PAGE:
In Asia, the earthquake and tsunami of 26 December 2004 in the Indian Ocean killed over three hundred thousand people and destroyed livelihoods of millions of others along the coasts and among the islands in South and Southeast Asia. The disaster killed more than 285 000 people, made an estimated 5 million homeless, resulted in massive displacement of populations and caused extensive damage to housing and infrastructure. The worst affected countries include Indonesia, Sri Lanka, Maldives, India and Thailand. Myanmar, Malaysia and Bangladesh were also affected, but with relatively limited damage. Preliminary estimates indicate overall damage and loss worth US$4.45 billion in Indonesia, US$1 billion in Sri Lanka, US$359-500 million in Maldives, and US$1.5 billion in India. Smaller countries such as Sri Lanka and the Maldives are likely to suffer relatively heavier economic consequences.
The majority of the people affected by the earthquake and the tsunami had agriculture- and fisheries-based livelihoods or were employed in associated enterprises. The fisheries sector is hit the hardest, but localized severe crop and livestock losses were also suffered. In the fisheries sector, the damage has been assessed by FAO at US$25 million in Maldives; about 65-70 percent of the small scale fishing fleet and associated gear was destroyed and some 50 percent of fishers died in Aceh Province of Indonesia; some 66 percent of the fishing fleet and industrial infrastructure in coastal regions have been destroyed and 10 out of 12 main fishery harbours devastated in Sri Lanka; and some 5 400 fishing boats were damaged in Thailand. In the agriculture sector, preliminary assessments indicate that about 40 000 hectares of irrigated lands have been devastated in Indonesia, a total of 5 500 hectares have been damaged in Sri Lanka, some 1 300 hectares of land were inundated by sea water in Thailand and about 30 percent of the field plots have been completely destroyed in Maldives.
It is estimated that 2 million people in different countries in the disaster region are in need of emergency food assistance, mostly in Indonesia, Sri Lanka, Maldives, and Myanmar. WFP plans to distribute 169 000 tonnes of food aid to the most needy population over a period of six months. So far, over 21 000 tonnes of food have been distributed to 1.345 million beneficiaries since the advent of the disaster. FAO has appealed for US$26.5 million to finance emergency rehabilitation projects to assist farmers and fisher folk hit by the tsunami, and another US$2.1 million for projects in partnership with UNDP and UNEP. The total funding available to FAO for recovery and reconstruction in agriculture and fisheries sectors may reach US$67 million.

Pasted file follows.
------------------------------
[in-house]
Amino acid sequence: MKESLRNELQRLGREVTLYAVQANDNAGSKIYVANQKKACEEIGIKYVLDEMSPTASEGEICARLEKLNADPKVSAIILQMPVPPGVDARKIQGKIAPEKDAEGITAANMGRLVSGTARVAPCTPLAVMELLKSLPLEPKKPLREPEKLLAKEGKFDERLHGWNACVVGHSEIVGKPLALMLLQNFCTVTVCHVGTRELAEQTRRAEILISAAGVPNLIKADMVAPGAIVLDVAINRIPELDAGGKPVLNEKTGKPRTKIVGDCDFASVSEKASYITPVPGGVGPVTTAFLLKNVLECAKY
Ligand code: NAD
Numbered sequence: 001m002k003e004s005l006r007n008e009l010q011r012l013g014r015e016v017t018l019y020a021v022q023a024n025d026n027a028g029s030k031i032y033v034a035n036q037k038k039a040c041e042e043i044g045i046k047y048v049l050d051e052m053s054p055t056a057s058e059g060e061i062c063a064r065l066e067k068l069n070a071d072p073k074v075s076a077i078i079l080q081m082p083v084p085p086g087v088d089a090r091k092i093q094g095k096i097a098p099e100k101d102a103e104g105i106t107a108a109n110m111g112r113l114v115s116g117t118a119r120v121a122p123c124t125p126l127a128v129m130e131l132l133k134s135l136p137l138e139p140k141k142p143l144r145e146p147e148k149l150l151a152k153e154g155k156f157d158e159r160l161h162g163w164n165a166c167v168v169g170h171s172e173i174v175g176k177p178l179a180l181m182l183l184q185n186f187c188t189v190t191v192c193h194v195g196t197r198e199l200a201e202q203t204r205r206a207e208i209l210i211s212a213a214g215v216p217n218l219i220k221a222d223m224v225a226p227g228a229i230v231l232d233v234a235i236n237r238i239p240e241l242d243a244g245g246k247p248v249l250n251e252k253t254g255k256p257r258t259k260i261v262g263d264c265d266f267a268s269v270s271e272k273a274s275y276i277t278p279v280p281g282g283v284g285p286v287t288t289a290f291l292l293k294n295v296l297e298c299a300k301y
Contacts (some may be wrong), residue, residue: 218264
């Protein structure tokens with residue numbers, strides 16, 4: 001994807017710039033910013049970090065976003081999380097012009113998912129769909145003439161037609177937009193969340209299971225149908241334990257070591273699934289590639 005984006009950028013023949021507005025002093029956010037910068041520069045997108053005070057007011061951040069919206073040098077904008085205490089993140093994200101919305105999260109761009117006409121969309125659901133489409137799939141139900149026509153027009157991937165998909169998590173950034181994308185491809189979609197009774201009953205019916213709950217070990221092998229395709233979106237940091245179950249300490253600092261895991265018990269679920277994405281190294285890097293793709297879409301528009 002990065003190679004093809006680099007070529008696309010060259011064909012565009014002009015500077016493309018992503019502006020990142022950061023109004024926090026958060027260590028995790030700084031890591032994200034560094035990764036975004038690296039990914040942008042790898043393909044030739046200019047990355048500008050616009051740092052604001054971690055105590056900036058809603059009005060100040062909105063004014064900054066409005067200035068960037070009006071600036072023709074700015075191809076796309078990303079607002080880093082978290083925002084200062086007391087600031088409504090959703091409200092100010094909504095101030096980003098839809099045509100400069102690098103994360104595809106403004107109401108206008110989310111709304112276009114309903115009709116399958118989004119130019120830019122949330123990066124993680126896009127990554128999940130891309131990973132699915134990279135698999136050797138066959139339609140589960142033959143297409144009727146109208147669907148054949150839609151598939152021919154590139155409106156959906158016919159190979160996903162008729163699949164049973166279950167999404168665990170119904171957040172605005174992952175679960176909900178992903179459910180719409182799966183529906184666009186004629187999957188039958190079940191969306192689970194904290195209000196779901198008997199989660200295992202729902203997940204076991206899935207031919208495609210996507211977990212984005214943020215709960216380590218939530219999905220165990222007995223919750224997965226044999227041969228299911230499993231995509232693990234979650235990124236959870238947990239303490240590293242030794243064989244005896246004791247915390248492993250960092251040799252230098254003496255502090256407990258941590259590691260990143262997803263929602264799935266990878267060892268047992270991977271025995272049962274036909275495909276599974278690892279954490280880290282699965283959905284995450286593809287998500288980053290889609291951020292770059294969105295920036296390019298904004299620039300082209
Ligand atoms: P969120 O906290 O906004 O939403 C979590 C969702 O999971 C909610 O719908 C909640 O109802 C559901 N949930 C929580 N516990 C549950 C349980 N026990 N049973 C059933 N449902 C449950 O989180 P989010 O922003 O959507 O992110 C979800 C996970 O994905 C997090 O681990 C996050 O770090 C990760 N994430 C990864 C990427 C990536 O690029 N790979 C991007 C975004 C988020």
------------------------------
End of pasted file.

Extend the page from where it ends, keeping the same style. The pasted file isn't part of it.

Even in cases where national food supply and food security impacts are limited, local communities will experience severe food security problems in the short and long-term because parents and relatives have been lost, livelihood assets have been destroyed, and previous sources of income no longer exist. At the farm level, losses of rice stocks are also likely to be important. Salt water may prevent farmers from cropping for one or more seasons or force them adopt more salt tolerant crops and varieties with low productivity. It will require huge investments for a long time to restore destroyed/damaged storage, processing, irrigation flood control and coastal protection infrastructure in the affected areas.
Despite a recovery in food production in 2004, Korea DPR will still depend on international assistance to meet its minimum food needs in 2005. Mongolia has experienced another severe winter after last summer’s drought.
In Afghanistan heavy snowfall and rains may have partially replenished the receding water tables and provided sufficient irrigation water for the drought-stricken country. Prospects are for a good harvest this year following last year’s partial crop failure.
In the Asian CIS, winter cereals are reported to be in satisfactory condition. Prospects are for a good harvest provided that favourable weather conditions prevail in spring and early summer. Last year the region harvested an aggregate of 26.4 million tonnes of cereals, which is hoped to be topped by this year’s harvest.
In the Near East, recent precipitation and snow cover in most countries have improved prospects for winter grains for harvest from May 2005. In Iraq, according to a study conducted by the Ministry of Health, acute malnutrition among children under 5 increased to 7.7 percent this year compared to 4 percent two years ago.